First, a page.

Exactly 30 years ago, Merrill Lynch launched the first CMA (Cash Management Account). The revolutionary new product combined an investment account, a transaction account (that pays interest on balances through automatic sweep), a debit card, and a credit line secured by the securities in the investment account.
It was a major success, and was soon copied by almost every securities firm. The CMA promise was one-stop shopping convenience for clients, enhanced broker productivity, enhanced broker and client loyalty to the firm, and enhanced cross-selling and share-of-wallet. But different firms developed different offerings, and different ways in which to compensate (or not) the brokers for the cash balances in the CMA accounts. As a result, the firms' success at transitioning their reps to these CMA-type accounts has varied significantly.
Today, even as firms continue to add innovations to their CMA accounts, the banking-brokerage-insurance convergence in the U.S. has yet to completely play out. But it will happen, and those firms that learn how to manage and use the CMA fully will win in the retail competition.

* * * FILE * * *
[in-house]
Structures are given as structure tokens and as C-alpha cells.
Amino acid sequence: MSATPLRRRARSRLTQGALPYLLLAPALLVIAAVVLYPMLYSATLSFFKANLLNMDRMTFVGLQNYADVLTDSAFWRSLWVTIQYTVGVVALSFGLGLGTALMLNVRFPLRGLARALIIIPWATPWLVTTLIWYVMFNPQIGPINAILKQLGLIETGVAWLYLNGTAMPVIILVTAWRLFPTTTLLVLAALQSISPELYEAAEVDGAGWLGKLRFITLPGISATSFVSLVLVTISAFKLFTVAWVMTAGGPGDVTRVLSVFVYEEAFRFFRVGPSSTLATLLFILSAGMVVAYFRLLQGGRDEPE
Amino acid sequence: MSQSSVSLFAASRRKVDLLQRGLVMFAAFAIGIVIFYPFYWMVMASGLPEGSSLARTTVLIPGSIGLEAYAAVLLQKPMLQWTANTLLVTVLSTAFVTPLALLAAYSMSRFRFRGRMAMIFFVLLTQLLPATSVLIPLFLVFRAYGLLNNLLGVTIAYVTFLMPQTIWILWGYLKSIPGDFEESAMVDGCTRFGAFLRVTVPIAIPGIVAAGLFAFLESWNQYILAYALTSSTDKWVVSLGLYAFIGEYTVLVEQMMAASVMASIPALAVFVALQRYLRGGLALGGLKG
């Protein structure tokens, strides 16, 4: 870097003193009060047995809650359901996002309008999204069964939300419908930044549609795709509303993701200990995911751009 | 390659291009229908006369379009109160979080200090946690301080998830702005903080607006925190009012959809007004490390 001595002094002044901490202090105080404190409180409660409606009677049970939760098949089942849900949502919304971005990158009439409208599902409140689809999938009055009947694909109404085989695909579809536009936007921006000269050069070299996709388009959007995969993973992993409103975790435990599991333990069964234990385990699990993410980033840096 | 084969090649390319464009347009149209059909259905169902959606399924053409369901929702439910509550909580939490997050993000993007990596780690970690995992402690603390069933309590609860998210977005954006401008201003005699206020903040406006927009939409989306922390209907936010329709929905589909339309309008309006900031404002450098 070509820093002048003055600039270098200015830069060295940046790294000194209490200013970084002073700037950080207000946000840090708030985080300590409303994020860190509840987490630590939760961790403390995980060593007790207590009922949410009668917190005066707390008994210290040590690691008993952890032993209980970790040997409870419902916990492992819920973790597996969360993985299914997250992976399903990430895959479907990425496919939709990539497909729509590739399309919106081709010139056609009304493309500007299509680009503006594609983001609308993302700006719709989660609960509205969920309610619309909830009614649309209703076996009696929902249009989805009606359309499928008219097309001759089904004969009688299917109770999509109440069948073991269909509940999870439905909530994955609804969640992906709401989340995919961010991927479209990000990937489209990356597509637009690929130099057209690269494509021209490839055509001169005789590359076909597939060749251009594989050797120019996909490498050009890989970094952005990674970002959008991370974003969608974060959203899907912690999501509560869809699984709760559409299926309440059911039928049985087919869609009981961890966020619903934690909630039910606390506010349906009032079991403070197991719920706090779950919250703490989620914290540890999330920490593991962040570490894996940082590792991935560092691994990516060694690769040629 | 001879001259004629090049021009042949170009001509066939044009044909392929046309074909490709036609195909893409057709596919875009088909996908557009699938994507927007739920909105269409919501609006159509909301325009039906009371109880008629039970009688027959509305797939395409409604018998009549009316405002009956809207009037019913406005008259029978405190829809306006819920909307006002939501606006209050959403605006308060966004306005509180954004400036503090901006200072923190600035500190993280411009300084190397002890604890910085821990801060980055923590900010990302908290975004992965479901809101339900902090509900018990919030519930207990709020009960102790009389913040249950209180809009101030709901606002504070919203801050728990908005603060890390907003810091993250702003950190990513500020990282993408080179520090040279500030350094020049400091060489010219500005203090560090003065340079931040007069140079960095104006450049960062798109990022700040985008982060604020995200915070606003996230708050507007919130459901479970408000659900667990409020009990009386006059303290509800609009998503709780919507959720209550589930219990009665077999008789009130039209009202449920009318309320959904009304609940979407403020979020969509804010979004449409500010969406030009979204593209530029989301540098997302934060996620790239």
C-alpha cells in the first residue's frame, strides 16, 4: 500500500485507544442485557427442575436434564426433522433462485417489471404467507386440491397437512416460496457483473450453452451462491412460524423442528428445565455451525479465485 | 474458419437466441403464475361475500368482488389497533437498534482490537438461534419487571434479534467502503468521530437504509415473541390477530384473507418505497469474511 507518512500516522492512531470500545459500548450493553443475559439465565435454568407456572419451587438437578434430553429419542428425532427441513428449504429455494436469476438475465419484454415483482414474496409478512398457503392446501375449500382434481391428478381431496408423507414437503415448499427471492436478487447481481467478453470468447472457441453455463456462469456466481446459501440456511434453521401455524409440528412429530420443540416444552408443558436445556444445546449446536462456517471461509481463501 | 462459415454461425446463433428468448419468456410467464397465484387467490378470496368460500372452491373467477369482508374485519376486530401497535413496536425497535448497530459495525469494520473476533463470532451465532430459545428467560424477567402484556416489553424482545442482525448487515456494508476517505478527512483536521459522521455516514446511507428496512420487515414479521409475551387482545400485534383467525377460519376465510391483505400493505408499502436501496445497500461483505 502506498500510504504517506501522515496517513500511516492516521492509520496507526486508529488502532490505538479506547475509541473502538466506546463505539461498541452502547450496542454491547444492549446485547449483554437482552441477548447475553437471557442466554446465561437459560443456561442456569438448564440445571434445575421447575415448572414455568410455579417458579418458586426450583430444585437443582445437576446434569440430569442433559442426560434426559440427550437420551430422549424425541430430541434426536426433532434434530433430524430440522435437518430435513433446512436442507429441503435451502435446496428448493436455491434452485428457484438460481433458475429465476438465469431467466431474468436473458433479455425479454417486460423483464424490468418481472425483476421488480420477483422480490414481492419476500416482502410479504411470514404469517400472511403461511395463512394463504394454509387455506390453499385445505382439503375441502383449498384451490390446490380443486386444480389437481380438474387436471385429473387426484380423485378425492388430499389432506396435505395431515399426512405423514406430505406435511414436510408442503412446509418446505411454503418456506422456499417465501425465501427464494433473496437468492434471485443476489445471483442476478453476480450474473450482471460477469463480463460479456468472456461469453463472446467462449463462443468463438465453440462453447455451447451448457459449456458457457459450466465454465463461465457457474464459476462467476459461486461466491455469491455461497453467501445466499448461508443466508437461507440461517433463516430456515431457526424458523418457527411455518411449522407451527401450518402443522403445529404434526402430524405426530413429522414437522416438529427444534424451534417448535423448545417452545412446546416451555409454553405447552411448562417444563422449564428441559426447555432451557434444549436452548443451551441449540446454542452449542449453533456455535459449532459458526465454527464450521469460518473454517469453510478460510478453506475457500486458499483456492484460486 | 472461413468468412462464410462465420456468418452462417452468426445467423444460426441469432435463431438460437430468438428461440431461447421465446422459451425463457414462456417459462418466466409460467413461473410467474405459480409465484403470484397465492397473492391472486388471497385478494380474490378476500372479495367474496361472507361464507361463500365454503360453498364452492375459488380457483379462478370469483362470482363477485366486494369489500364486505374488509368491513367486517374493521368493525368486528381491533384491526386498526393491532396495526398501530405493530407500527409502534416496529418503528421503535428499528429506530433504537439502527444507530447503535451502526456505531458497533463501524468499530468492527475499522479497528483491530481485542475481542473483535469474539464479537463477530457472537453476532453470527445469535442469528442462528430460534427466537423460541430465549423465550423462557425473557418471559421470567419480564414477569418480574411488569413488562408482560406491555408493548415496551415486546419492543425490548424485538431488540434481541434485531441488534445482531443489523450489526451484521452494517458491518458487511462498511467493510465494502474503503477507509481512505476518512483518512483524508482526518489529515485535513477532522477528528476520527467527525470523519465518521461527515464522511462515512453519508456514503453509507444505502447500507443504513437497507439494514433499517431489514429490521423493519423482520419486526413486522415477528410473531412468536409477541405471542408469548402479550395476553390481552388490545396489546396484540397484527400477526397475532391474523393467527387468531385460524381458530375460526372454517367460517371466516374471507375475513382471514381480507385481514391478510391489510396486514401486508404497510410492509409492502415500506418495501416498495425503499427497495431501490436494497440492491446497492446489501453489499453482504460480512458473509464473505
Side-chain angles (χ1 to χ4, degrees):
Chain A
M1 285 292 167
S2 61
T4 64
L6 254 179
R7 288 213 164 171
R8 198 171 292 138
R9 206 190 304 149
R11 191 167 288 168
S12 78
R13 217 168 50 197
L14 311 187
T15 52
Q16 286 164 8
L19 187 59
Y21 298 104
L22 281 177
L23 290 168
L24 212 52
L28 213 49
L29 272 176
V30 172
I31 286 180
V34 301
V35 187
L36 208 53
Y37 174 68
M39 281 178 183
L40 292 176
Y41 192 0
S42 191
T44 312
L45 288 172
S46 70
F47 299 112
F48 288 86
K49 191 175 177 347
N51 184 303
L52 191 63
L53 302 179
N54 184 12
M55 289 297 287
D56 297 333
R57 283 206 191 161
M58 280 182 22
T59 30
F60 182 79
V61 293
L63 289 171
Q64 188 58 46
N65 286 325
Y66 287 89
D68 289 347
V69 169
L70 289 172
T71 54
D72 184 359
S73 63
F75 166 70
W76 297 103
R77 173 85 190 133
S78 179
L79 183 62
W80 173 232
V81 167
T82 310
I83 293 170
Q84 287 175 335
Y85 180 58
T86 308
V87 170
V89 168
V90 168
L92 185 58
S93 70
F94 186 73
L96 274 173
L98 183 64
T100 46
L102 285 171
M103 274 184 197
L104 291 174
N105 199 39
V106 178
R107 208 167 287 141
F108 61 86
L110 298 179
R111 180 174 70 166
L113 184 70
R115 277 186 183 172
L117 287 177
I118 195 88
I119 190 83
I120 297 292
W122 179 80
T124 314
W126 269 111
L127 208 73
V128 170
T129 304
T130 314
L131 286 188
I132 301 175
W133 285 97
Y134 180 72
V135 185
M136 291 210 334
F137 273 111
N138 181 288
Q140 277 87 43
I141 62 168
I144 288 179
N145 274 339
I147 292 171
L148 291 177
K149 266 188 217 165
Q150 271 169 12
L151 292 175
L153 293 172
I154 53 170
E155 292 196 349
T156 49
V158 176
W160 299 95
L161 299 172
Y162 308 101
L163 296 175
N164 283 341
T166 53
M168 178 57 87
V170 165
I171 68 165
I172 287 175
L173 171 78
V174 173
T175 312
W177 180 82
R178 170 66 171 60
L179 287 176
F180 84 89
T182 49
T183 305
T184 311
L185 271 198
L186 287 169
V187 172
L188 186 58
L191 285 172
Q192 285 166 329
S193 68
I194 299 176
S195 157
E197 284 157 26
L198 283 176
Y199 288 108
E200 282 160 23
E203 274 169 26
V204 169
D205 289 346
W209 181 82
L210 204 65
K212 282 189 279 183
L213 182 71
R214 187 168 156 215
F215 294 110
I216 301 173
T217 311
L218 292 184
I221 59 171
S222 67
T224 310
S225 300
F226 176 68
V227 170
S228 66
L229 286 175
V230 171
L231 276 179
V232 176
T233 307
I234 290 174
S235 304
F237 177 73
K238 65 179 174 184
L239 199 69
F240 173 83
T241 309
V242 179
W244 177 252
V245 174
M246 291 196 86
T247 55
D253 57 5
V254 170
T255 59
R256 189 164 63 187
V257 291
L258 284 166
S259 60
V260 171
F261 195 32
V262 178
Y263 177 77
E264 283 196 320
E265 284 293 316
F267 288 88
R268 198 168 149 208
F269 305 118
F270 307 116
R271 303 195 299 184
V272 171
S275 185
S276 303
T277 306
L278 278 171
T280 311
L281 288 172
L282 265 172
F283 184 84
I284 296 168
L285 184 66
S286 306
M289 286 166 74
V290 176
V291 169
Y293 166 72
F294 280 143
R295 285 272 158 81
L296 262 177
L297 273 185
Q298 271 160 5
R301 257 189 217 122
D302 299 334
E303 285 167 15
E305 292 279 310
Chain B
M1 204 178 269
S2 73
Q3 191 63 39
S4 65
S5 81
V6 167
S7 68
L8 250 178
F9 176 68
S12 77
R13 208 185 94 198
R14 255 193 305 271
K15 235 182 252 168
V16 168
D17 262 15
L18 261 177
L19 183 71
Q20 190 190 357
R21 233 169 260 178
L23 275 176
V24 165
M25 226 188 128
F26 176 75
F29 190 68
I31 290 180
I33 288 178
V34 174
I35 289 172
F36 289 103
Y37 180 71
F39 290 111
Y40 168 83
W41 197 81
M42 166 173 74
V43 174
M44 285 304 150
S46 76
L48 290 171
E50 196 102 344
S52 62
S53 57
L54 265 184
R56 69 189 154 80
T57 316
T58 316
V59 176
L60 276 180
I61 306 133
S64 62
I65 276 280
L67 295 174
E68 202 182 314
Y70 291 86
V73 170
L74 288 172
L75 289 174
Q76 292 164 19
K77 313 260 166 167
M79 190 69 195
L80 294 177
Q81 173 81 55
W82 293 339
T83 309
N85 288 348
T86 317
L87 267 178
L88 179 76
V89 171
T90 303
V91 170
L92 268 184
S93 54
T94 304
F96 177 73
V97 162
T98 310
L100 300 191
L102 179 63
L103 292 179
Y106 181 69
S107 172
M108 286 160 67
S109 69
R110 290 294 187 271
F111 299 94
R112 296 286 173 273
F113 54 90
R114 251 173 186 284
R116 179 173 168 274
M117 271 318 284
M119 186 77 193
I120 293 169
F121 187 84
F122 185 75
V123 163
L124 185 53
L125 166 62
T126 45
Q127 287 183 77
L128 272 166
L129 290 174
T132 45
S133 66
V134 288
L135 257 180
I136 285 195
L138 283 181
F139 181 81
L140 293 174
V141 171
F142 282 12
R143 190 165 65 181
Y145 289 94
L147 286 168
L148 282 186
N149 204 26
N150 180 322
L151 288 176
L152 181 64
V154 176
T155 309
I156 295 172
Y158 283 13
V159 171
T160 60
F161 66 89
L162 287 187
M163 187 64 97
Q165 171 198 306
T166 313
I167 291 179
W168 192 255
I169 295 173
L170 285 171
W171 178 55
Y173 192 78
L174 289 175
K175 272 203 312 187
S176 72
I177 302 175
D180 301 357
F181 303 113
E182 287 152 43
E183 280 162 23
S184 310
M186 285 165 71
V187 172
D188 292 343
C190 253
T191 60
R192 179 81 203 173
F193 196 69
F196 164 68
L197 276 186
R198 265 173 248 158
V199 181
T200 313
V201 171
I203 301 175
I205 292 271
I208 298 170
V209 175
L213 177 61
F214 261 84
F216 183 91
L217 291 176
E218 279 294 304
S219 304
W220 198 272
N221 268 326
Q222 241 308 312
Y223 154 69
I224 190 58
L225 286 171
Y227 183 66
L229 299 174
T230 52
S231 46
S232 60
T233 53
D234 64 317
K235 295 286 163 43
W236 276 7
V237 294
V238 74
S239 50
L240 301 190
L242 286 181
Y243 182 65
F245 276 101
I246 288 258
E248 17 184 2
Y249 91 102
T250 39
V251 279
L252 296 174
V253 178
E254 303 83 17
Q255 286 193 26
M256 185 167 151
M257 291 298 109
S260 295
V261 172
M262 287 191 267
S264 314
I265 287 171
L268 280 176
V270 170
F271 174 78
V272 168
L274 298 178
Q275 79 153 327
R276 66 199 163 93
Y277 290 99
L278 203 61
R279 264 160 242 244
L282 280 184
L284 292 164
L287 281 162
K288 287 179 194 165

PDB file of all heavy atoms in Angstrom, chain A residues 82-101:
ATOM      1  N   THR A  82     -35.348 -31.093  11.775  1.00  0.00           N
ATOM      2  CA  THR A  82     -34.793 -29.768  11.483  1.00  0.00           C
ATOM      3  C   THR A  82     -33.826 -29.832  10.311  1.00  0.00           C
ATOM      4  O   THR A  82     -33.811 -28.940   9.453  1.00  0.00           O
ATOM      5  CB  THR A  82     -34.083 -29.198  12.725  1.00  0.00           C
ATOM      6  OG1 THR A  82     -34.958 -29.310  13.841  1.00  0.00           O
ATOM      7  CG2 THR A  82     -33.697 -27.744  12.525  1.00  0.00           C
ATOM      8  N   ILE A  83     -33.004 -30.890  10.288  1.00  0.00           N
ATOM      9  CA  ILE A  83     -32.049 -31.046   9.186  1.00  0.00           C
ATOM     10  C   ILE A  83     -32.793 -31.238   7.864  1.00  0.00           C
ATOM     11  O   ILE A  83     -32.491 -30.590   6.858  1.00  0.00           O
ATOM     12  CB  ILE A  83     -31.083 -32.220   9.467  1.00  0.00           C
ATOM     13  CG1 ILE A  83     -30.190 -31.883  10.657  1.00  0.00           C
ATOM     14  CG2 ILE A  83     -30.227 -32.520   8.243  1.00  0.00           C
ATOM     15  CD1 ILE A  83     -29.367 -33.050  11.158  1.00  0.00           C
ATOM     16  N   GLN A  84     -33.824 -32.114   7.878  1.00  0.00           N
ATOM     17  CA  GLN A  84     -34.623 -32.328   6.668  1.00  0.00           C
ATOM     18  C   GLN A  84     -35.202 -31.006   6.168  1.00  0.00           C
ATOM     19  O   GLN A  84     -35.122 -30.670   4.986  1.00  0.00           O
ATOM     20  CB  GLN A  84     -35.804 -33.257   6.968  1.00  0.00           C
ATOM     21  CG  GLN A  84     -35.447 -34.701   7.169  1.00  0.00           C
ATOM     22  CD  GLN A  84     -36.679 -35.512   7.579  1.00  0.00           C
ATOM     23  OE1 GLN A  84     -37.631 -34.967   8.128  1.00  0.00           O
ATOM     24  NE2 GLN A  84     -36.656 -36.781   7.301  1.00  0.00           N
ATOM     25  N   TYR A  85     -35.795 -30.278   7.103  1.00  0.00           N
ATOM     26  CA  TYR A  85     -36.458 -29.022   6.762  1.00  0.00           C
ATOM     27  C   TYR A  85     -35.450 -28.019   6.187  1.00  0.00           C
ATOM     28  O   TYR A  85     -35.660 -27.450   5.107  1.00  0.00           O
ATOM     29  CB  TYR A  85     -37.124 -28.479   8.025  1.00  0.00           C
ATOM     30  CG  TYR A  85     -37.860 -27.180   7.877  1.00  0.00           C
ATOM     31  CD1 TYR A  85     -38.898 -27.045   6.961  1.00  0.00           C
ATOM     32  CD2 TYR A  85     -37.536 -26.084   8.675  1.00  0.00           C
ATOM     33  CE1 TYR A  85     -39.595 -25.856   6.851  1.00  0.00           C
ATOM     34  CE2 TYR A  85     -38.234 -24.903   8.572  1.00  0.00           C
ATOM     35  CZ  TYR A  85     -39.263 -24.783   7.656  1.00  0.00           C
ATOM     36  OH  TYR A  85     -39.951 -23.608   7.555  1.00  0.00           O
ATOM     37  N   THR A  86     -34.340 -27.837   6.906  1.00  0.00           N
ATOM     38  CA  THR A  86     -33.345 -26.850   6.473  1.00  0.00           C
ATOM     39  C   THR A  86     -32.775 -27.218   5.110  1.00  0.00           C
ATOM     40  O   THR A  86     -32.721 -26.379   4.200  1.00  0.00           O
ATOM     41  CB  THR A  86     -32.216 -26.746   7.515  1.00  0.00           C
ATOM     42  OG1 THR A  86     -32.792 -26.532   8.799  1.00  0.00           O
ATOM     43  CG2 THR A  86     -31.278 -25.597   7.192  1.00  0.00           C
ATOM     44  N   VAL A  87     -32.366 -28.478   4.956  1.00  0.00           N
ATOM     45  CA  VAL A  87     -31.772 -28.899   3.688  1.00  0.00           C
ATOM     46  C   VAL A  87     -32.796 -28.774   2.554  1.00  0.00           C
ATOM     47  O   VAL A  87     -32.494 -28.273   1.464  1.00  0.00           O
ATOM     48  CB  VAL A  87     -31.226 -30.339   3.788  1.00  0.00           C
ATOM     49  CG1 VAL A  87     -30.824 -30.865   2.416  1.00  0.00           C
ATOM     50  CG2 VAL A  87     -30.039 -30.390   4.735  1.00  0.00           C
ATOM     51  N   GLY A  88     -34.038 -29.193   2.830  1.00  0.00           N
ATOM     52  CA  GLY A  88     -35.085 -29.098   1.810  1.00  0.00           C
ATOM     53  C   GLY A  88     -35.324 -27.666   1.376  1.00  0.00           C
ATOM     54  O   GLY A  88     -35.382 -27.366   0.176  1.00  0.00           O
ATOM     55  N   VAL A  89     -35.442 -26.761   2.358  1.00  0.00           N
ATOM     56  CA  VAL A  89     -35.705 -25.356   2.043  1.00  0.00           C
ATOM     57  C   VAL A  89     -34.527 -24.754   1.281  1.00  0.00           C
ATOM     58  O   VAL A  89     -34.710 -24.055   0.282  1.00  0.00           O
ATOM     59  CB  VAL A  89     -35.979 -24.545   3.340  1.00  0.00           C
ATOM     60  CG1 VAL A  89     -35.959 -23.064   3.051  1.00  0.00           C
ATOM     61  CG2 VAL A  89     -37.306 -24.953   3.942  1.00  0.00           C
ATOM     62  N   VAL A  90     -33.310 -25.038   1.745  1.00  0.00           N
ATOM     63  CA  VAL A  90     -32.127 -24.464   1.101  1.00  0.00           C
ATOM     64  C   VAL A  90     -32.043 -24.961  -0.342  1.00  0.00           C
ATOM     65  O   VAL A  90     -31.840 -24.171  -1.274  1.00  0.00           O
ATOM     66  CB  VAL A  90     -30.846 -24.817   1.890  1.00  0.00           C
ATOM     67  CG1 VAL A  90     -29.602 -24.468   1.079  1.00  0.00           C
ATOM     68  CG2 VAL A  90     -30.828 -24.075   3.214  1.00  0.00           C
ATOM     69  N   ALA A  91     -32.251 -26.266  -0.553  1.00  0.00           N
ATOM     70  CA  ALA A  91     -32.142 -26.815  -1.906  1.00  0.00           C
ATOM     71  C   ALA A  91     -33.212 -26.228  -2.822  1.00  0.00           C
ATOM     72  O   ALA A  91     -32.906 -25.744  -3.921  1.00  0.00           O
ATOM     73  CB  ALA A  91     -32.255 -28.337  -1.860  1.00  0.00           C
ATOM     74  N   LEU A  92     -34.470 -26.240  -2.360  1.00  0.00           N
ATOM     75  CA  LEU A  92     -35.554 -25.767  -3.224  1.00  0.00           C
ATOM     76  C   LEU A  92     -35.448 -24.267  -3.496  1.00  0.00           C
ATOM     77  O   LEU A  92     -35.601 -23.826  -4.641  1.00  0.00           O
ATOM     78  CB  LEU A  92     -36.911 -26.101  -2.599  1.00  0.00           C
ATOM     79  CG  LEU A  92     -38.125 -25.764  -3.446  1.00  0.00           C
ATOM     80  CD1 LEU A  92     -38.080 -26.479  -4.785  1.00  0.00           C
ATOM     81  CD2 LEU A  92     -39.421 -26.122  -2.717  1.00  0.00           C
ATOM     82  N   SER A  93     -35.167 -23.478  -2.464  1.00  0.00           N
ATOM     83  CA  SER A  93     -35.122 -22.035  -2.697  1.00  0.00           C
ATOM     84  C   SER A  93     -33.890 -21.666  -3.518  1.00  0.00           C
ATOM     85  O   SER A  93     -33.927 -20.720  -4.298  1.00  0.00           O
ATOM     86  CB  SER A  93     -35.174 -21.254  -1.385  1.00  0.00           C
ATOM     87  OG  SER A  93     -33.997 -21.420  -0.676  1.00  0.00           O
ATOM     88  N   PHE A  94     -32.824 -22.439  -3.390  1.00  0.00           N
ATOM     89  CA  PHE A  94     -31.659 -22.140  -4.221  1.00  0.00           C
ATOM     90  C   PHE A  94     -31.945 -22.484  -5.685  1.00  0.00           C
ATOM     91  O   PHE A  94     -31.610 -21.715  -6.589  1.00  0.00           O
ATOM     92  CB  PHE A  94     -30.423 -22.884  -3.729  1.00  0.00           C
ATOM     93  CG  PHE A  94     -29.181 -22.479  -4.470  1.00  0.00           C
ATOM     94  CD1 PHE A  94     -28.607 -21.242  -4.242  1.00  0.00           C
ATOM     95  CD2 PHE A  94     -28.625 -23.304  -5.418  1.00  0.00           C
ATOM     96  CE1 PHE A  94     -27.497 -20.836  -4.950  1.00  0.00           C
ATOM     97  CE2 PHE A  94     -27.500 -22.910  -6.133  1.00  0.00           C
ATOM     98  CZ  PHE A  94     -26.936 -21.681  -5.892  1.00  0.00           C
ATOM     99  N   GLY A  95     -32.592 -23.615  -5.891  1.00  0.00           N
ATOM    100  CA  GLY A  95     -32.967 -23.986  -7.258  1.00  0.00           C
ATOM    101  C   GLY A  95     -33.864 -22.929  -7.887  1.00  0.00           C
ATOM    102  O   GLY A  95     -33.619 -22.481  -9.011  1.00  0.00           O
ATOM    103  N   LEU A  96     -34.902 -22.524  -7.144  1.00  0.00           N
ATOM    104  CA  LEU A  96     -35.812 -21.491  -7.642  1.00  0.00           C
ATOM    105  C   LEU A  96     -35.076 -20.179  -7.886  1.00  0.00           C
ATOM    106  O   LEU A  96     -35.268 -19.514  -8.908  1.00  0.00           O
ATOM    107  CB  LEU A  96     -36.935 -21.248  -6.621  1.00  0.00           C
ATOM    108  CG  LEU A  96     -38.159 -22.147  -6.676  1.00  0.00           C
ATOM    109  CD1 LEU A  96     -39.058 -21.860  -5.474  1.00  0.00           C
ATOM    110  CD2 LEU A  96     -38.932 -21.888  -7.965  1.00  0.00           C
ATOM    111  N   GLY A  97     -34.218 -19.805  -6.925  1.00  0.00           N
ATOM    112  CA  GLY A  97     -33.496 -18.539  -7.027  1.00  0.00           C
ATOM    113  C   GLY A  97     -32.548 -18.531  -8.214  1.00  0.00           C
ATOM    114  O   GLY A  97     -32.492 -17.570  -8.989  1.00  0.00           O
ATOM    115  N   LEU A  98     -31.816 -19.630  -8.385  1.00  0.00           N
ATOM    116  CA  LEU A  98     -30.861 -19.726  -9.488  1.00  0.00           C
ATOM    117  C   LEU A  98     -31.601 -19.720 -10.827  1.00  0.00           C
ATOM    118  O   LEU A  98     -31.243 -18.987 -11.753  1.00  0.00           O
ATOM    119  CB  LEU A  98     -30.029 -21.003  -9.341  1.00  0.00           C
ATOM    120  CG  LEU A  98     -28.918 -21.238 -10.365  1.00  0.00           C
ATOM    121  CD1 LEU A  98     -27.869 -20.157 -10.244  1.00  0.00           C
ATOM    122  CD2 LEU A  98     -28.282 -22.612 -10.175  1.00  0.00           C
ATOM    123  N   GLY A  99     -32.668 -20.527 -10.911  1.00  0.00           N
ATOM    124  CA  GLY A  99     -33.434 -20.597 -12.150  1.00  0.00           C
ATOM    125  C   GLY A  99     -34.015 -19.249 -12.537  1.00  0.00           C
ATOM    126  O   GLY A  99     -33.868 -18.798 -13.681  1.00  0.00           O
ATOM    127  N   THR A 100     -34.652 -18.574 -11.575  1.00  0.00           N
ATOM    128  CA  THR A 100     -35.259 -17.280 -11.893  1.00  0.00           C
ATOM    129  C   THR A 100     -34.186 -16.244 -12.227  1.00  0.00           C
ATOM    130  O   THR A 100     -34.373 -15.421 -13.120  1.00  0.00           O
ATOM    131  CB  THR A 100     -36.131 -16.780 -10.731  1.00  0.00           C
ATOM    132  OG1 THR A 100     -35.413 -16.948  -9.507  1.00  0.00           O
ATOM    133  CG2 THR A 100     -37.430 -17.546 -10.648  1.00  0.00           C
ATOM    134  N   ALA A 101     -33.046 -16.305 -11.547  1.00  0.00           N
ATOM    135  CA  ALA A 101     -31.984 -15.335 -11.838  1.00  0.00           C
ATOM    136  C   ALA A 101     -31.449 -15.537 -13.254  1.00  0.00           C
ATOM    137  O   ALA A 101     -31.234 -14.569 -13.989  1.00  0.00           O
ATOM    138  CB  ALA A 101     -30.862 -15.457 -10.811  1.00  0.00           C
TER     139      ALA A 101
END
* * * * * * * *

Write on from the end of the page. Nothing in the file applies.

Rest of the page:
One of the strongest selling points on CMA accounts is FDIC deposit insurance. Customers are also attracted by the complete package of features that a brokerage/cash management account might offer, and are sensitive to the fees they have to pay. Firms allow brokers to waive fees to some extent in order to make the net interest margin on liabilities.
Most customers (who typically hold around 10 percent of their assets in cash) are not that sensitive to the interest rates on the cash portion of their portfolio. This allows securities firms to get away with paying very little for deposits. Securities firms earn spreads on deposits by offering depositors “tiered” interest rates, which step up as underlying assets under management increase. For small to average balances, the interest rates are minuscule, beefing up net interest margins.
The hurdle in the U.S. is that consumers are still partly under the influence of the Glass-Steagall Act, in the sense that they mentally separate banking from investments. They may bank online, but they still like the access to a brick-and-mortar branch.
Indeed, some of the most interesting illustrations of the power of the CMA concept (integrated account) can be found beyond the traditional U.S. securities industry. In Europe, Mediolanum, the leading Italian financial-advisor network, has recently been getting spectacular results with its “family banker” initiative.